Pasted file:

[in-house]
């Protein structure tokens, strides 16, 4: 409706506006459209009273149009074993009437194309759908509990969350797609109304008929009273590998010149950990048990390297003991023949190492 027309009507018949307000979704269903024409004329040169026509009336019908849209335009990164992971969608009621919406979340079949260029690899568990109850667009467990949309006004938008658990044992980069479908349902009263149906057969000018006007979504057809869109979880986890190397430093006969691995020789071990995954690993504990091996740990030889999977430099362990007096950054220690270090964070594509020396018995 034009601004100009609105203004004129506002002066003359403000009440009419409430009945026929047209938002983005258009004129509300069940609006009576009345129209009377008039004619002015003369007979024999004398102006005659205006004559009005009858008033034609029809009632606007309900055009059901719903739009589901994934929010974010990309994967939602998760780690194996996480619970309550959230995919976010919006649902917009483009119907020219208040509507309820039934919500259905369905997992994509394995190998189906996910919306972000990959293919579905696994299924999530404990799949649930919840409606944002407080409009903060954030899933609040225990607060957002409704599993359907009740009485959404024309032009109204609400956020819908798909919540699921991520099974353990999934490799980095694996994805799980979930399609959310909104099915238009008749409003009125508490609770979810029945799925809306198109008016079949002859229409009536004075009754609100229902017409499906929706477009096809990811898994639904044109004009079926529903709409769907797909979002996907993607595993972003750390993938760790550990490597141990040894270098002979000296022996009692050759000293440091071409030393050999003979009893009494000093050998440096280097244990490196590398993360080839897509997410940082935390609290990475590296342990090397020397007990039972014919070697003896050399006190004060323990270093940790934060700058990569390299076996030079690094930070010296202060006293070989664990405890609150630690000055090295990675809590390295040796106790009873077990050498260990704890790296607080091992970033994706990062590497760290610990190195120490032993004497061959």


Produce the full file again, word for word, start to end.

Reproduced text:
[in-house]
């Protein structure tokens, strides 16, 4: 409706506006459209009273149009074993009437194309759908509990969350797609109304008929009273590998010149950990048990390297003991023949190492 027309009507018949307000979704269903024409004329040169026509009336019908849209335009990164992971969608009621919406979340079949260029690899568990109850667009467990949309006004938008658990044992980069479908349902009263149906057969000018006007979504057809869109979880986890190397430093006969691995020789071990995954690993504990091996740990030889999977430099362990007096950054220690270090964070594509020396018995 034009601004100009609105203004004129506002002066003359403000009440009419409430009945026929047209938002983005258009004129509300069940609006009576009345129209009377008039004619002015003369007979024999004398102006005659205006004559009005009858008033034609029809009632606007309900055009059901719903739009589901994934929010974010990309994967939602998760780690194996996480619970309550959230995919976010919006649902917009483009119907020219208040509507309820039934919500259905369905997992994509394995190998189906996910919306972000990959293919579905696994299924999530404990799949649930919840409606944002407080409009903060954030899933609040225990607060957002409704599993359907009740009485959404024309032009109204609400956020819908798909919540699921991520099974353990999934490799980095694996994805799980979930399609959310909104099915238009008749409003009125508490609770979810029945799925809306198109008016079949002859229409009536004075009754609100229902017409499906929706477009096809990811898994639904044109004009079926529903709409769907797909979002996907993607595993972003750390993938760790550990490597141990040894270098002979000296022996009692050759000293440091071409030393050999003979009893009494000093050998440096280097244990490196590398993360080839897509997410940082935390609290990475590296342990090397020397007990039972014919070697003896050399006190004060323990270093940790934060700058990569390299076996030079690094930070010296202060006293070989664990405890609150630690000055090295990675809590390295040796106790009873077990050498260990704890790296607080091992970033994706990062590497760290610990190195120490032993004497061959």